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Must-see places on the road from Kenya to South Africa

Route: Laikipia Highlands in Kenya to Johannesburg, via Uganda.

For 11 months of our conservation expedition we had travelled northwards,volunteering and assisting conservation projects along the way. Our turning point was the town of Nanyuki, Laikipia, in the shadow of the mighty Mount Kenya. The long road back to South Africa lay ahead of us, roughly 7000km in total, along which we aimed to experience as many wildlife phenomenon’s as possible!

Crossing the Rift Valley

The first leg was all rough gravel road, driving west through the wild plains and rocky outcrops of Laikipia. Gerenuk,Grevy’s zebra and Reticulated giraffe interspersed between massive granite boulders made us feel like tiny creatures in this incredible landscape. The plains turned into some steep cutbacks (que low range to save the brakes) as we dropped down the Eastern edge of the Great Rift Valley. We wound our way past some small villages where the infamous Phokot people of Kenya call home, notorious cattle rustlers between the numerous pastoralist tribes of East Africa. We overnighted on the banks of one of the most beautiful places we have ever been to, Lake Baringo and bought some local raw honey whichis famous in this area, harvested from hives in the indigenous arid Acacia woodlands.

After a good night’s rest, listening tohippos grunting around camp and crocodiles splashing in the shallows, we headed off early to cut through the Rift Valley, still heading west for the border of Uganda. After crossing into Uganda and having a lengthy discussion with a local officer of the law, we stopped off just outside Jinja, which marks the sourceof the Nile River as it leaves Africa’s largest lake, Lake Victoria. We camped at Nile explorer’s camp, watched the red-tailed monkeys darting through thetrees overhead and did some bird watching from a Kayak on the River Nile.

Grevy Zebra

Shoebills, Chimps & the mighty Nile River

Further West still, we travelled into thebusy and chaotic streets of Uganda’s capital city Kampala before turning North, towards Murchison Falls National Park, where we were hoping to spot the very rare Shoebill Stork, a prehistoric giant of a bird, standing almost as tall as a man. Murchison River lodge was our base for this mission. A long 6hour boat trip eventually delivered in the last half hour, after we had given up all hopes of success. In the reeds with a fish in its powerful bill, stood a magnificent bird, staring at us with that signature look. Such a privilege!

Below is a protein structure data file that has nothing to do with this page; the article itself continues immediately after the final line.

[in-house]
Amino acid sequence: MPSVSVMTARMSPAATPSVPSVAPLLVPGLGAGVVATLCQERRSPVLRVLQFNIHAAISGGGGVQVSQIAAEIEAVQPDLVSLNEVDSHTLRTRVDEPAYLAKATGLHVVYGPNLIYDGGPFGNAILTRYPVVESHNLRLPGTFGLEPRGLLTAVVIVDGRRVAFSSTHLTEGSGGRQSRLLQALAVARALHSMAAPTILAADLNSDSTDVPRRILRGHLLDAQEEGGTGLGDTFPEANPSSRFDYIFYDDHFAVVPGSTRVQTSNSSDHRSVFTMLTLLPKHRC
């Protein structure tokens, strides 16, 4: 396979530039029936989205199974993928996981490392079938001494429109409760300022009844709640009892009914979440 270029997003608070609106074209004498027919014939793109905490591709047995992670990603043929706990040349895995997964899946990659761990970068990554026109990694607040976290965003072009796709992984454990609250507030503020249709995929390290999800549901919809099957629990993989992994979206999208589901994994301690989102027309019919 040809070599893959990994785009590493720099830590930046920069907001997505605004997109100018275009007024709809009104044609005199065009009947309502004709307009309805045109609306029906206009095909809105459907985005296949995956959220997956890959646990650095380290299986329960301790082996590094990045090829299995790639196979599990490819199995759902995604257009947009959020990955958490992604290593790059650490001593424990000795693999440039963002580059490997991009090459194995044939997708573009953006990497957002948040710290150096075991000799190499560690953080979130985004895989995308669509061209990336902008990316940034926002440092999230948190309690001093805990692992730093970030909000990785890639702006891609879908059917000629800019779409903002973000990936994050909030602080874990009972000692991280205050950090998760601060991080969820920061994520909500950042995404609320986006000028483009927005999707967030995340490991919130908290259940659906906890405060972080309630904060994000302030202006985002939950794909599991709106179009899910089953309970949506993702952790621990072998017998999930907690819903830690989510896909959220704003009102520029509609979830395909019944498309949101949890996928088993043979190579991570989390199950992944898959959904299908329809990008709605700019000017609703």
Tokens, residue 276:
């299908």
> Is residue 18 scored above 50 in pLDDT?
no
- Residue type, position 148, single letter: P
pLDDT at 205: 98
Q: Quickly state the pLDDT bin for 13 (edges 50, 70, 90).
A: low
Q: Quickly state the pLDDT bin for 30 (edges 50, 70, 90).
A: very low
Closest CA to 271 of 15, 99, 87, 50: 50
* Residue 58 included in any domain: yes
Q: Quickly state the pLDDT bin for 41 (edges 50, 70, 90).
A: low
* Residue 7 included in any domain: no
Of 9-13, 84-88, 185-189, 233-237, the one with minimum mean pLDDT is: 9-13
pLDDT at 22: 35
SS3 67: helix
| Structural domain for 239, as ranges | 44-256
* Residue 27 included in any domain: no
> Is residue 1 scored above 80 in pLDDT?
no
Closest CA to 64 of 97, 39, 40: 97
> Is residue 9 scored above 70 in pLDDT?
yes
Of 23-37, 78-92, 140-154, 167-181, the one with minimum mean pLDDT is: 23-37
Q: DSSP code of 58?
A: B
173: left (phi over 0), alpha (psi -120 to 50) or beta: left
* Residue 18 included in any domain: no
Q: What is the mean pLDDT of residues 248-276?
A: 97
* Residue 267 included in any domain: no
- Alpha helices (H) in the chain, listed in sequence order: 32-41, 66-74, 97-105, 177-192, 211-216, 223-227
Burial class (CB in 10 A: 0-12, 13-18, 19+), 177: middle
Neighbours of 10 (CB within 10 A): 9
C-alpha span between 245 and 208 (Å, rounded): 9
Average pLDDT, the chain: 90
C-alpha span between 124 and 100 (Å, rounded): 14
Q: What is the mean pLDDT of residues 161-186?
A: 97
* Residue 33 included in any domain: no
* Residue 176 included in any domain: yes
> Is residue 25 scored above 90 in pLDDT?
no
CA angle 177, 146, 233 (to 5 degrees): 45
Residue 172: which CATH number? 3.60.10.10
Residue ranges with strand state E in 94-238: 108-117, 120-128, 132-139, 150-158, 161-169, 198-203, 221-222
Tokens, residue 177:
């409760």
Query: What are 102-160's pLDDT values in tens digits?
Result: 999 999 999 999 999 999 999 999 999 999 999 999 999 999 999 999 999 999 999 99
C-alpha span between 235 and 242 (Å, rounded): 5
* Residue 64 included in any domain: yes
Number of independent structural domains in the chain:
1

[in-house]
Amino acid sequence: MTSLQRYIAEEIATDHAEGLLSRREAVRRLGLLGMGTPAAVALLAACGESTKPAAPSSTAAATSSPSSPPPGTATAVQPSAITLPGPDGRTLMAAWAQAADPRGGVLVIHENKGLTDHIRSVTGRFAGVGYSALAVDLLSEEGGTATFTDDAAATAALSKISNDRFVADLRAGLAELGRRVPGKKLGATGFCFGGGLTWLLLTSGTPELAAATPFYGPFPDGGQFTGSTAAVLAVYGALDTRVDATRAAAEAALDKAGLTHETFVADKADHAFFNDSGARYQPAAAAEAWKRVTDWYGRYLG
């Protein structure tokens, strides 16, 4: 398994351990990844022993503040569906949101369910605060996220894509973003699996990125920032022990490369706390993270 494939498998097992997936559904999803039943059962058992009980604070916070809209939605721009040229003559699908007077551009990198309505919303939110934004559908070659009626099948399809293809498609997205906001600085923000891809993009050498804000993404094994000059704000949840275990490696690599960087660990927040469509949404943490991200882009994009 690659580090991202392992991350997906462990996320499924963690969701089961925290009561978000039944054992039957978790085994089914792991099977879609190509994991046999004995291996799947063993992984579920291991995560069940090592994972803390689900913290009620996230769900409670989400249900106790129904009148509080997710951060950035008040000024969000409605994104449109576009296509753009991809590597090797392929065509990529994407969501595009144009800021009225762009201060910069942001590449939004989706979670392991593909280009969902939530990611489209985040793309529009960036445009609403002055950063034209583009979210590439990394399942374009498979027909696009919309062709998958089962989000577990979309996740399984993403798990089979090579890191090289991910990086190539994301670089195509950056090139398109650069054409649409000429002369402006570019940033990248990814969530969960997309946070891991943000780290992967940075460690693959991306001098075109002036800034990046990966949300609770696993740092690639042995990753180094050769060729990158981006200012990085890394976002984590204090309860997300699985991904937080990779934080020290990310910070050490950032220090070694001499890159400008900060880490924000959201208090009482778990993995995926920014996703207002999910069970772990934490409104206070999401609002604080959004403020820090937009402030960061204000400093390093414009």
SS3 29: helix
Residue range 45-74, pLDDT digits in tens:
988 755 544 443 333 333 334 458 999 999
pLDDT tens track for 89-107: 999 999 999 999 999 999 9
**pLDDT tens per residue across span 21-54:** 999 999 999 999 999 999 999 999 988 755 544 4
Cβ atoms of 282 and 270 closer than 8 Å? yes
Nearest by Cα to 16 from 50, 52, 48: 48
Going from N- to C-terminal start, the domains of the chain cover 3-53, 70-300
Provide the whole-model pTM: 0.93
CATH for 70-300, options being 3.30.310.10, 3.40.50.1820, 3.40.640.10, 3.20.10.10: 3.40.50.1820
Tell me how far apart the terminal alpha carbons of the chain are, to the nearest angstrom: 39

After boating on the Nile, we headed to the Murchison Falls themselves. Witnessing the entire Nile River crashing through a seven-meter crack in the rocks is impossible to describe! We were in awe of the thunderous power of this mighty River. Momentous to experience, it also markedour furthest point North on our year long conservation expedition. Before leaving the area, we overnighted inside the Budongo Forest, home to large groups of wild Chimpanzees. There was something incredibly surreal aboutlying in our rooftop tent at night listening to Chimpanzees howling in the forest at night, something you think only exists in movies!

A young chimp resting, seen in Budongo Forest

Red mud and dusty villages

The road to Fort Portal was a classic picture of East Africa - Red mud and dusty villages. We witnessed some frightening driving. Our IronMan4x4 recovery gear helped us clear a major blockage in the only road south, helping us tow 3 local vehicles out of a bit of thick red mud, where they found themselves firmly lodged after trying to navigate around a bogged banana truck! One of these vehicles was a UN landcruiser!

Continuing south at last, we crossed the Equator towards Queen Elizabeth National Park. From here we had a choice, take the tar road towards Bwindi Impenetrable National Park and face a longer roadwith the East African Traffic, or take a shorter, slower route that literally touches the DRC border, through the national Park, and then tea plantations and small villages, with no idea what we would encounter. Well, it didn’t take long for us to choose the latter, and through the park we went!